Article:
man () - Build polylines from lines.

NAME - Build polylines from lines.

SYNOPSIS help [-q] input=string output=string


Run quietly


Input binary vector map
Output vector map

DESCRIPTION builds polylines from the lines in a binary vector file.

A line is a single straight line segment defined by one start node, one end node and no other nodes. A polyline is also defined by one start node, one end node and no other nodes, but is made of two or more consecutive straight line segments. The connections between the constituent line segments of a polyline do not appear as nodes in the vector map.

Polylines provide the most appropriate representation of curved lines when it is important that nodes serve to define topology rather than geometry. Curved lines are usually digitized as polylines, but these are sometimes broken into their constituent straight line segments during conversion from one data format to another. can be used to rebuild such broken polylines.


If the lines that make up a polyline are of different types, then will set the type from the first constituent line. will issue a warning unless the flag -q has been set. It is possible to keep a list of all such warnings by redirecting standard output to a file.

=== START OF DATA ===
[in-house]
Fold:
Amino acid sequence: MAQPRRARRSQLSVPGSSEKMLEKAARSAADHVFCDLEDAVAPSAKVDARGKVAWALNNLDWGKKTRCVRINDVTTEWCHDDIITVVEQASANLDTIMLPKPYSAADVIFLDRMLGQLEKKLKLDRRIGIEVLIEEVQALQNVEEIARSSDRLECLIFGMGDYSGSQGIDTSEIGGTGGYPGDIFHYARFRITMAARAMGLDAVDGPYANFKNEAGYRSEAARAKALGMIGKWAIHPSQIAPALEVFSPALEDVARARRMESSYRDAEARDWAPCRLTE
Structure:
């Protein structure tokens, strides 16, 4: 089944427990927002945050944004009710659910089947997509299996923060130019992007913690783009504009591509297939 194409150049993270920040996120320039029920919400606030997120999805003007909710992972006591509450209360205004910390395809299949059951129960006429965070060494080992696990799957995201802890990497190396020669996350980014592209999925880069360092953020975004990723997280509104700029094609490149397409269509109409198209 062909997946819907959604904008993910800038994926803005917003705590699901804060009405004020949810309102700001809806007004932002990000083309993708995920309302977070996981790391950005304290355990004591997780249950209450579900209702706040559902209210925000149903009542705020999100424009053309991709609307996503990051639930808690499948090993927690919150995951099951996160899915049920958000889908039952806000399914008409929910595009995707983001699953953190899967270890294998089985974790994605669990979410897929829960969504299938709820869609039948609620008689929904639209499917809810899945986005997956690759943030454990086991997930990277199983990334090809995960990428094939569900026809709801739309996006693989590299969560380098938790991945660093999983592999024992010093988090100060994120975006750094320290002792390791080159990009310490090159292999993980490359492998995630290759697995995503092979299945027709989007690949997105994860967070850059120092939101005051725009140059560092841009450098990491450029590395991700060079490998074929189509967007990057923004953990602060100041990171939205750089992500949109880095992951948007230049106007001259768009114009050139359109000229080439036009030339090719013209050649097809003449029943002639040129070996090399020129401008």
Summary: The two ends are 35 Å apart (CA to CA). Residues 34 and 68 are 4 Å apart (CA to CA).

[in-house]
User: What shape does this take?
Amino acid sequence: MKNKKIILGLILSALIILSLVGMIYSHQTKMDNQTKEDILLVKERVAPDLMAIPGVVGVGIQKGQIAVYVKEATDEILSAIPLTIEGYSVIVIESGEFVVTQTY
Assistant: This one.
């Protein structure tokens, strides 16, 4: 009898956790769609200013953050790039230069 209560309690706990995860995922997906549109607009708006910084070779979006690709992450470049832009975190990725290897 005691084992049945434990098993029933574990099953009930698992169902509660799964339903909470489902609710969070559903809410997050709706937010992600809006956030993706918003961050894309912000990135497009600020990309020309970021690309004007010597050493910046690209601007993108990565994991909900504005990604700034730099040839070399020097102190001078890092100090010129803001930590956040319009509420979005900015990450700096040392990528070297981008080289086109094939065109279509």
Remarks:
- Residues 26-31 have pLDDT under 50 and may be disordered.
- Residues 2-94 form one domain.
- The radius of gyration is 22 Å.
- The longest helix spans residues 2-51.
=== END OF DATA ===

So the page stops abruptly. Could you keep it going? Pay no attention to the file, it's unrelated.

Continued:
If the lines that make up a polyline have different attribute values then will set the attribute value of the polyline to that of the last line ., which is used to assign the attribute values). . correctly handles input maps containing lines, area edges and points. Lines and area edges will be converted to polylines of the desired type. Areas are only guaranteed to be preserved if the constituent lines of the polylines that define them are all area edges in the input map. It is possible to convert lines and area edges to points or vice versa, but this is rarely useful. [type no longer exists, other behaviour still true??]


This program was originally written during Mark Lake's tenure of a Leverhulme Special Research Fellowship at University College London.




Mark Lake, Institute of Archaeology, University College London. Major rewrite by Radim Blazek, October 2002

Last changed: $Date: 2004/07/22 12:13:17 $

Help Index